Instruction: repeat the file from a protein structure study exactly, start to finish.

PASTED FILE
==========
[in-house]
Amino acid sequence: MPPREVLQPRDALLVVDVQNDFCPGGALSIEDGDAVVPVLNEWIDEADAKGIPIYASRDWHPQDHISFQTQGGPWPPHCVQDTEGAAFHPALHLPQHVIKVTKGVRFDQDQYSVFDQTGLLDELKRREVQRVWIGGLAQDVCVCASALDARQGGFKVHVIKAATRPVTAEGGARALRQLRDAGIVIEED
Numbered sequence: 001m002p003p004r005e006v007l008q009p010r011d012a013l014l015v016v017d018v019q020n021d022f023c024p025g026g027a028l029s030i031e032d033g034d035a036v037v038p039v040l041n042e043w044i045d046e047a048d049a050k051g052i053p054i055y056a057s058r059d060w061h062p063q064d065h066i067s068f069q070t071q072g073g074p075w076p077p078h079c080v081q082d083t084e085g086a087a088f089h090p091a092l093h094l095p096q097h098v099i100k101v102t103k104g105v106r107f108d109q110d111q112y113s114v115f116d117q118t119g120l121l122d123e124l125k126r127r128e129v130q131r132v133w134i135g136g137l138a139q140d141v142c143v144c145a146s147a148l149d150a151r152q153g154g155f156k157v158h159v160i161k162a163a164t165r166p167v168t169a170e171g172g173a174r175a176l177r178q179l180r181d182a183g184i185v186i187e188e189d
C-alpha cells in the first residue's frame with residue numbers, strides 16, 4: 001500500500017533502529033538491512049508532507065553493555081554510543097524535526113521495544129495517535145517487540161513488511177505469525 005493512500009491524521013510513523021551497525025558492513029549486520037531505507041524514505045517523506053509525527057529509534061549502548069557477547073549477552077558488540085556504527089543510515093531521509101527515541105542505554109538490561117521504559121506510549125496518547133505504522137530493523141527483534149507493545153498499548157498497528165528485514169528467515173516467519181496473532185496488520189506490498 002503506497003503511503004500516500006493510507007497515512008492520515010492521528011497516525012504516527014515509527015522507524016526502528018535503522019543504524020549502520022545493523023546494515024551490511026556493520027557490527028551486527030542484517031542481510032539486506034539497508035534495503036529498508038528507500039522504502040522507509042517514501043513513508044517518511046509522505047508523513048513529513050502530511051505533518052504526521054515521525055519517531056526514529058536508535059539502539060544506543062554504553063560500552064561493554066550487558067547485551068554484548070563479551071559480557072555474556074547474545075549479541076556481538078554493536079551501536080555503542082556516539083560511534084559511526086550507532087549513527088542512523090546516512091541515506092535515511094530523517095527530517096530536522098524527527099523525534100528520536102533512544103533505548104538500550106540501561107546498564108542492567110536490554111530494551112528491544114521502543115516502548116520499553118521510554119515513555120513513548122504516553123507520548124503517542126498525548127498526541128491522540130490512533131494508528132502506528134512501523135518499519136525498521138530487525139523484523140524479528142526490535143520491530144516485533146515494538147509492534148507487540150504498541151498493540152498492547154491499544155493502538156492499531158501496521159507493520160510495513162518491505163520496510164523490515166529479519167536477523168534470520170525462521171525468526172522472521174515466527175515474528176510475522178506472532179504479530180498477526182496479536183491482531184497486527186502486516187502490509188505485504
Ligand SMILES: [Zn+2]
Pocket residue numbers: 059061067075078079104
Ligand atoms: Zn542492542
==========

[in-house]
Amino acid sequence: MPPREVLQPRDALLVVDVQNDFCPGGALSIEDGDAVVPVLNEWIDEADAKGIPIYASRDWHPQDHISFQTQGGPWPPHCVQDTEGAAFHPALHLPQHVIKVTKGVRFDQDQYSVFDQTGLLDELKRREVQRVWIGGLAQDVCVCASALDARQGGFKVHVIKAATRPVTAEGGARALRQLRDAGIVIEED
Numbered sequence: 001m002p003p004r005e006v007l008q009p010r011d012a013l014l015v016v017d018v019q020n021d022f023c024p025g026g027a028l029s030i031e032d033g034d035a036v037v038p039v040l041n042e043w044i045d046e047a048d049a050k051g052i053p054i055y056a057s058r059d060w061h062p063q064d065h066i067s068f069q070t071q072g073g074p075w076p077p078h079c080v081q082d083t084e085g086a087a088f089h090p091a092l093h094l095p096q097h098v099i100k101v102t103k104g105v106r107f108d109q110d111q112y113s114v115f116d117q118t119g120l121l122d123e124l125k126r127r128e129v130q131r132v133w134i135g136g137l138a139q140d141v142c143v144c145a146s147a148l149d150a151r152q153g154g155f156k157v158h159v160i161k162a163a164t165r166p167v168t169a170e171g172g173a174r175a176l177r178q179l180r181d182a183g184i185v186i187e188e189d
C-alpha cells in the first residue's frame with residue numbers, strides 16, 4: 001500500500017533502529033538491512049508532507065553493555081554510543097524535526113521495544129495517535145517487540161513488511177505469525 005493512500009491524521013510513523021551497525025558492513029549486520037531505507041524514505045517523506053509525527057529509534061549502548069557477547073549477552077558488540085556504527089543510515093531521509101527515541105542505554109538490561117521504559121506510549125496518547133505504522137530493523141527483534149507493545153498499548157498497528165528485514169528467515173516467519181496473532185496488520189506490498 002503506497003503511503004500516500006493510507007497515512008492520515010492521528011497516525012504516527014515509527015522507524016526502528018535503522019543504524020549502520022545493523023546494515024551490511026556493520027557490527028551486527030542484517031542481510032539486506034539497508035534495503036529498508038528507500039522504502040522507509042517514501043513513508044517518511046509522505047508523513048513529513050502530511051505533518052504526521054515521525055519517531056526514529058536508535059539502539060544506543062554504553063560500552064561493554066550487558067547485551068554484548070563479551071559480557072555474556074547474545075549479541076556481538078554493536079551501536080555503542082556516539083560511534084559511526086550507532087549513527088542512523090546516512091541515506092535515511094530523517095527530517096530536522098524527527099523525534100528520536102533512544103533505548104538500550106540501561107546498564108542492567110536490554111530494551112528491544114521502543115516502548116520499553118521510554119515513555120513513548122504516553123507520548124503517542126498525548127498526541128491522540130490512533131494508528132502506528134512501523135518499519136525498521138530487525139523484523140524479528142526490535143520491530144516485533146515494538147509492534148507487540150504498541151498493540152498492547154491499544155493502538156492499531158501496521159507493520160510495513162518491505163520496510164523490515166529479519167536477523168534470520170525462521171525468526172522472521174515466527175515474528176510475522178506472532179504479530180498477526182496479536183491482531184497486527186502486516187502490509188505485504
Ligand SMILES: [Zn+2]
Pocket residue numbers: 059061067075078079104
Ligand atoms: Zn542492542